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This article in CS

  1. Vol. 18 No. 5, p. 858-860
    Received: Feb 18, 1978



Inheritance of Resistance to the Adult Pea Leaf Weevil in Austrian Winter Peas1

  1. G. Nouri-Ghanbalani,
  2. D. L. Auld,
  3. L. E. O'Keefe and
  4. A. R. Campbell2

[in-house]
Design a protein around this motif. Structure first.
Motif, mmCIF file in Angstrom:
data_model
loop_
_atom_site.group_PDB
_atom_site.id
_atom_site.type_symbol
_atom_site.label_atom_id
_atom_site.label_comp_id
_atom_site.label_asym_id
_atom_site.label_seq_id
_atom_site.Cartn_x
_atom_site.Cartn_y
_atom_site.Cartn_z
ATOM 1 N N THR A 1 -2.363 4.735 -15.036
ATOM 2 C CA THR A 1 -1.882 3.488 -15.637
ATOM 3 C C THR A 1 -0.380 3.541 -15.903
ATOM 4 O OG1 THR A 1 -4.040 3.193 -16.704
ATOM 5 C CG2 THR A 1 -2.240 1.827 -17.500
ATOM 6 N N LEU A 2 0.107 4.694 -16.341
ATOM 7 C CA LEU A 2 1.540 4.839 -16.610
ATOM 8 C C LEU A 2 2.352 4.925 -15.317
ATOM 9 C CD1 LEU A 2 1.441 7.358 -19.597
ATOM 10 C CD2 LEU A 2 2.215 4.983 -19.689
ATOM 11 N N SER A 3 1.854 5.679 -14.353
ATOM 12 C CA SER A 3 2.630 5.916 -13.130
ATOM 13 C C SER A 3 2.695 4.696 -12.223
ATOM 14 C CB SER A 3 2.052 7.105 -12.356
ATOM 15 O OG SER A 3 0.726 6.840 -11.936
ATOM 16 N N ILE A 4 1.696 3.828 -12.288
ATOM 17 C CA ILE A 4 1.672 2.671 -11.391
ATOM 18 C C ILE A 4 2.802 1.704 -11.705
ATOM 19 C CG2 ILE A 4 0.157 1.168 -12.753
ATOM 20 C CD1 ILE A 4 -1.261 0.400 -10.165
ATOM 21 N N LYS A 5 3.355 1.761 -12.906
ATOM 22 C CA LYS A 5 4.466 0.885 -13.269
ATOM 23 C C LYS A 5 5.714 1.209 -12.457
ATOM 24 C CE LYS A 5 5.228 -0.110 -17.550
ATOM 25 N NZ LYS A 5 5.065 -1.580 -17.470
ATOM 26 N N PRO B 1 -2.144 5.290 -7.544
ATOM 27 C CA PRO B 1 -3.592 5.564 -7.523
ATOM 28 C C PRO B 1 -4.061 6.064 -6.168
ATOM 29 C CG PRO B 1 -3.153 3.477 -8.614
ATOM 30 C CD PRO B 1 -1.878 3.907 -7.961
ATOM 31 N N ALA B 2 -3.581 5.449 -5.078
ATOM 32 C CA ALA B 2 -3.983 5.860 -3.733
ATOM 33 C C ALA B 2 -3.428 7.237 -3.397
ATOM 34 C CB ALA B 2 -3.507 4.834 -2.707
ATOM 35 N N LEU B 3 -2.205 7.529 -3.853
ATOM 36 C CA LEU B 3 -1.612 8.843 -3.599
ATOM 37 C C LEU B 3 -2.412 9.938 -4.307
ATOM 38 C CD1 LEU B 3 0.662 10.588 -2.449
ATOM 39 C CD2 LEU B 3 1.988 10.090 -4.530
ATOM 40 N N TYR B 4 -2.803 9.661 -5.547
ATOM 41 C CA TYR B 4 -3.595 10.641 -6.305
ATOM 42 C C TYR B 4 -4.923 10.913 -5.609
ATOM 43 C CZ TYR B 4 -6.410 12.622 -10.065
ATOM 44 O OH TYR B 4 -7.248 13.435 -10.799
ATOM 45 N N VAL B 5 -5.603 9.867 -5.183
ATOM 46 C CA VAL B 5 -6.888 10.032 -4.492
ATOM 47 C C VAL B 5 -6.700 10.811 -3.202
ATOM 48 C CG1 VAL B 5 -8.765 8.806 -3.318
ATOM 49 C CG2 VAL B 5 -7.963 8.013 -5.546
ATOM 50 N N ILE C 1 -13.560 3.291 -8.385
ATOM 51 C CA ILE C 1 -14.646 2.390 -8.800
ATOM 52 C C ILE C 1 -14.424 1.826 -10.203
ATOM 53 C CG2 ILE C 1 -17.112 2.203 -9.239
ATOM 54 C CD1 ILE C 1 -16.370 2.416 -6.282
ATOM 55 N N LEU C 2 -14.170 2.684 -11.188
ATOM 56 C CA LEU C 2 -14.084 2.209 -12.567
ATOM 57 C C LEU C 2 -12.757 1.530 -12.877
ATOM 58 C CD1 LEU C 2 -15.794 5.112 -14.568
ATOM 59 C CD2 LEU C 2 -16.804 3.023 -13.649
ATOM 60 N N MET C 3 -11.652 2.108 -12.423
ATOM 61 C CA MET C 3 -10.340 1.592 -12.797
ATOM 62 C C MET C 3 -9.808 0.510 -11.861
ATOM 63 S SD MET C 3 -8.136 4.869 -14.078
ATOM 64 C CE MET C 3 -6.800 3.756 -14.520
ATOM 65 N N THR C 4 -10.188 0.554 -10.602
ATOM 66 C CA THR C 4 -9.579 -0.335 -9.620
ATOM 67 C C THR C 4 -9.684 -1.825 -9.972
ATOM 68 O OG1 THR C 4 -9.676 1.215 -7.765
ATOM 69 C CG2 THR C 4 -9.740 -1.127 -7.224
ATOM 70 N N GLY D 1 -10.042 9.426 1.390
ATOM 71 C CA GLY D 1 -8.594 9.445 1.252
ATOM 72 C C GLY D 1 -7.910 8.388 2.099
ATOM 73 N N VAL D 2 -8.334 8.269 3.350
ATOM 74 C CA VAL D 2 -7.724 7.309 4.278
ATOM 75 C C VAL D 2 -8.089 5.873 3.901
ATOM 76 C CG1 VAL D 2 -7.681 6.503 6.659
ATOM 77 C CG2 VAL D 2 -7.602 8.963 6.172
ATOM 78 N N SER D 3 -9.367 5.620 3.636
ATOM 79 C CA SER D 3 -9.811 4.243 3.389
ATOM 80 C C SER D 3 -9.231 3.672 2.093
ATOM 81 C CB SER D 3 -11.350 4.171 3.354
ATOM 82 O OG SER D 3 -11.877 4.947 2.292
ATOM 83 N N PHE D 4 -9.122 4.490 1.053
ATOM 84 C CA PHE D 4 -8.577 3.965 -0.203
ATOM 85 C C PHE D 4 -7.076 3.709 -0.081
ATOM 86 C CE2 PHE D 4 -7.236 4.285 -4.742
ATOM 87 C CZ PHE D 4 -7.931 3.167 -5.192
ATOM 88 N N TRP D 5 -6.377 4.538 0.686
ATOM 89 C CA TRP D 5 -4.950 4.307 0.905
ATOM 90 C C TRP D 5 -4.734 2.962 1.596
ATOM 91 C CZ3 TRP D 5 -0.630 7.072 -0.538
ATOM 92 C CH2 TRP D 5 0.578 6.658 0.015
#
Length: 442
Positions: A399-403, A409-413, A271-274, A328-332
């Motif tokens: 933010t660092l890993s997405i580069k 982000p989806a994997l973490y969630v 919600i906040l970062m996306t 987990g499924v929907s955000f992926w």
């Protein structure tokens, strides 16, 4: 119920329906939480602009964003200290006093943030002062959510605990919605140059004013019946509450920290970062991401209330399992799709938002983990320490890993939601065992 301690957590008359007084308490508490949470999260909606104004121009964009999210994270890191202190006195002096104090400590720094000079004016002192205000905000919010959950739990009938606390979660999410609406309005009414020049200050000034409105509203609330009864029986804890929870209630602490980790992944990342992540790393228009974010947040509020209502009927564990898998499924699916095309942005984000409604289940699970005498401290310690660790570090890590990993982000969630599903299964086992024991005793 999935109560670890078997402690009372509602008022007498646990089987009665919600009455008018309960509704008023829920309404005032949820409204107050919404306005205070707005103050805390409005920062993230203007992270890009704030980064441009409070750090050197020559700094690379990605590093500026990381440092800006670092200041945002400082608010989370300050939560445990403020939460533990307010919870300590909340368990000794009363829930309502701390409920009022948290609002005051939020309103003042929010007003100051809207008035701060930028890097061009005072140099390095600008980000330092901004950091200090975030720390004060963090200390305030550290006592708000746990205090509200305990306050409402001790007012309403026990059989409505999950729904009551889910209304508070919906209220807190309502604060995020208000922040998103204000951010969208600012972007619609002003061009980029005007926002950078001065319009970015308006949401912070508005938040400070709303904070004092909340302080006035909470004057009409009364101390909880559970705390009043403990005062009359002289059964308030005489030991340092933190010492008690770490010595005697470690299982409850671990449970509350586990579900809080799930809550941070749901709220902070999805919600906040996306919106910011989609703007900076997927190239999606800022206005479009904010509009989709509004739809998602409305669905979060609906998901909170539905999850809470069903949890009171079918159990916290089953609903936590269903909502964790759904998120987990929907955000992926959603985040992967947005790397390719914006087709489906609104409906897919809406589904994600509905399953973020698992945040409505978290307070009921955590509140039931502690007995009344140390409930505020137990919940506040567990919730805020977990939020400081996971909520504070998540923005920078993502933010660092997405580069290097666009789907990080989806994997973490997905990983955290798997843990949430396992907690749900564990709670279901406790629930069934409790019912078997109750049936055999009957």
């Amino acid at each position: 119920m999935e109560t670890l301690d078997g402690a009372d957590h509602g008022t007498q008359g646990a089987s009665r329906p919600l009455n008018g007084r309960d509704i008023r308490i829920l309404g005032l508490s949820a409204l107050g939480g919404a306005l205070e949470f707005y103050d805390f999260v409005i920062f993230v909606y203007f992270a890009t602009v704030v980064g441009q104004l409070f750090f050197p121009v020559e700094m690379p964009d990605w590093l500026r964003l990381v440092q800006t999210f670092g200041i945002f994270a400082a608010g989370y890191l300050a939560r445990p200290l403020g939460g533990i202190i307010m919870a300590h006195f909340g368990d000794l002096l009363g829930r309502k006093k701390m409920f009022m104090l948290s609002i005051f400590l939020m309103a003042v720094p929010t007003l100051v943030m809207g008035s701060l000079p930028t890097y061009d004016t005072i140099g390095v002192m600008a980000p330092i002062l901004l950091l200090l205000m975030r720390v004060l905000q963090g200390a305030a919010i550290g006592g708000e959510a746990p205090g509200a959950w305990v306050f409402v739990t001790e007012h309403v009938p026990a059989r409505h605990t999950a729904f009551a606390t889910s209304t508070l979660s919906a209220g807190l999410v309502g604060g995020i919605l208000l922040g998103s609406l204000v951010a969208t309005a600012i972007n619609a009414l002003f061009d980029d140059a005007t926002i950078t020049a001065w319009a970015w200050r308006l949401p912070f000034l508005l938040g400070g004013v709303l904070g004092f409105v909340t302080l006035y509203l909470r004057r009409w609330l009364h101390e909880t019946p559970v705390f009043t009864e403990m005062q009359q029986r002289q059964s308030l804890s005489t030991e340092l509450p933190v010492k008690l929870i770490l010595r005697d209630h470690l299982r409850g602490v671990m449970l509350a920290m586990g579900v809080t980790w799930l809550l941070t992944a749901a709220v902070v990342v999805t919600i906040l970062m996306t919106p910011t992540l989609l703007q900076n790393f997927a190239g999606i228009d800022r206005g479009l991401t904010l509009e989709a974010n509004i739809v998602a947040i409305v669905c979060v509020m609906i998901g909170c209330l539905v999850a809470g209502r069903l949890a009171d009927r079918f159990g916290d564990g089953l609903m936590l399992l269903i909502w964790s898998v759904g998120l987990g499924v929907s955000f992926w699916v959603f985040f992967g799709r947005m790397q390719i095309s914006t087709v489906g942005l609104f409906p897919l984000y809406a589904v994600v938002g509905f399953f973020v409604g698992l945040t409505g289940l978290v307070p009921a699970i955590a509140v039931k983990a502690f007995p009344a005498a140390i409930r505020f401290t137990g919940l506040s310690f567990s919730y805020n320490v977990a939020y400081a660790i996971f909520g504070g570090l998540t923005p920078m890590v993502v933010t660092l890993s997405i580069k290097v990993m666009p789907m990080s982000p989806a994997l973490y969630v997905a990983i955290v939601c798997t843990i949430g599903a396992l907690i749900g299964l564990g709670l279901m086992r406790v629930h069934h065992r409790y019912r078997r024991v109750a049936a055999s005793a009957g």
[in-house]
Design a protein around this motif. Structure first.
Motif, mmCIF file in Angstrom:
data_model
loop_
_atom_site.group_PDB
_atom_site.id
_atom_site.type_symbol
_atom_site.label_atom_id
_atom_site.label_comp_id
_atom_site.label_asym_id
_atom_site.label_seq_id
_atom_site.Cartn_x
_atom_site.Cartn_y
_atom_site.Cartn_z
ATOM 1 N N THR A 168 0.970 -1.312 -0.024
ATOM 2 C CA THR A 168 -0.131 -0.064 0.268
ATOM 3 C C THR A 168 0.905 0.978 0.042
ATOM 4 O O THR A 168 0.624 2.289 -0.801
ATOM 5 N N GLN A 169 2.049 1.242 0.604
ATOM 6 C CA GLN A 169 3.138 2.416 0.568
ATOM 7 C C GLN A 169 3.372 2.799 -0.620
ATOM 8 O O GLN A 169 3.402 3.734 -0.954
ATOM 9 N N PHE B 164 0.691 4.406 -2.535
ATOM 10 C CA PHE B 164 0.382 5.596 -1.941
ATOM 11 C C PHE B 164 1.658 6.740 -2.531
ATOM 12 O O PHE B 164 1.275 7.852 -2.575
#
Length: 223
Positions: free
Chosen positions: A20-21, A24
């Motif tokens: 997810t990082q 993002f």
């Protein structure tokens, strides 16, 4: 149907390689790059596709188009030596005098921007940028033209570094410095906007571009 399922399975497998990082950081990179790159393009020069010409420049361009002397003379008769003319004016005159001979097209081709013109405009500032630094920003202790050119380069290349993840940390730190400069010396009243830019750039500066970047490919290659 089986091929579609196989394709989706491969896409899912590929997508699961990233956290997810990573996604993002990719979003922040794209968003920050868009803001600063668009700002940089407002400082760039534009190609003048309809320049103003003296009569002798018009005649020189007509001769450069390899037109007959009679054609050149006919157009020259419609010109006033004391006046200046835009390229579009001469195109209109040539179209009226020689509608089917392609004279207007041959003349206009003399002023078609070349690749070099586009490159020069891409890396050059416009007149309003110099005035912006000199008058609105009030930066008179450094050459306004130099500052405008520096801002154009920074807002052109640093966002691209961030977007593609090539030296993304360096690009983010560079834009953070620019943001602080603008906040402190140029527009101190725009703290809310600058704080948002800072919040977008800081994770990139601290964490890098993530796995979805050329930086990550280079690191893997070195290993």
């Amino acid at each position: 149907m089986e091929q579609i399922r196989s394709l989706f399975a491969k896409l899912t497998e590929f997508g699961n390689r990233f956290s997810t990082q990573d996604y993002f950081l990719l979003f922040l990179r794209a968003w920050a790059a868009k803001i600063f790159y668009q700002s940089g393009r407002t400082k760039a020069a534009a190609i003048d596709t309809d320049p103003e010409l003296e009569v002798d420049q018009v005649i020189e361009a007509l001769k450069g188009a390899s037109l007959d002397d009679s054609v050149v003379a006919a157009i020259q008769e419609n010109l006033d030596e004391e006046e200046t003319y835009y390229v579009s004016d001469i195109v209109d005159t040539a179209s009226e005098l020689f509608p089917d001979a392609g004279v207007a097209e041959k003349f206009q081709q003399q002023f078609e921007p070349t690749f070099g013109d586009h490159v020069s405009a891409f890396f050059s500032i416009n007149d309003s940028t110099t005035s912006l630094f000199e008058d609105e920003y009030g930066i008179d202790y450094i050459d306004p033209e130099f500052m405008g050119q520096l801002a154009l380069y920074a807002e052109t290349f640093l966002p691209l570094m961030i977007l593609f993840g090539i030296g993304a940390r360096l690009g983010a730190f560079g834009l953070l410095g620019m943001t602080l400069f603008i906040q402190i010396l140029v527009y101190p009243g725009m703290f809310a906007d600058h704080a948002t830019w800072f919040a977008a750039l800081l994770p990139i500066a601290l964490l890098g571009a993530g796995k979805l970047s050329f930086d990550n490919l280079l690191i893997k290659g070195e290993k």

In recent years the pea leaf weevil (Sitona lineatus L.) has severely damaged the dry pea (Pisum sativum L.) crop in the Pacific Northwest. The defoliation of pea seedlings in the early spring by the adult pea leaf weevil results in severe stand depletion and reduced seed yield. The inheritance of resistance to the pea leaf weevil in Austrian winter peas [Pisum sativum subsp, arvense (L.) Poir] was studied by crossing in a non-reciprocal diallel manner, eight genotypes that exhibited different levels of pea leaf weevil resistance. Parental and F2 seedlings were exposed to an average of 7.8 adult pea leaf weevils/seedling in the greenhouse and were rated for foliar damage and terminal leaflet injury. Twenty-five selected F3 plants were progeny tested as F3 families. Data from parental lines and F2 populations were analyzed together and means separated by least significant differences. Diallel analyses indicate that differences in the pea leaf weevil resistance were due to specific combining ability. Very low estimated narrow sense heritabillties of —2.6 and —5.6% were estimated for foliar damage and terminal leaflet injury, respectively. This indicates that pea leaf weevil resistance could probably not be improved by selection within the populations that we studied. The F3 progeny test showed that selection was not successful in increasing the level of insect resistance.

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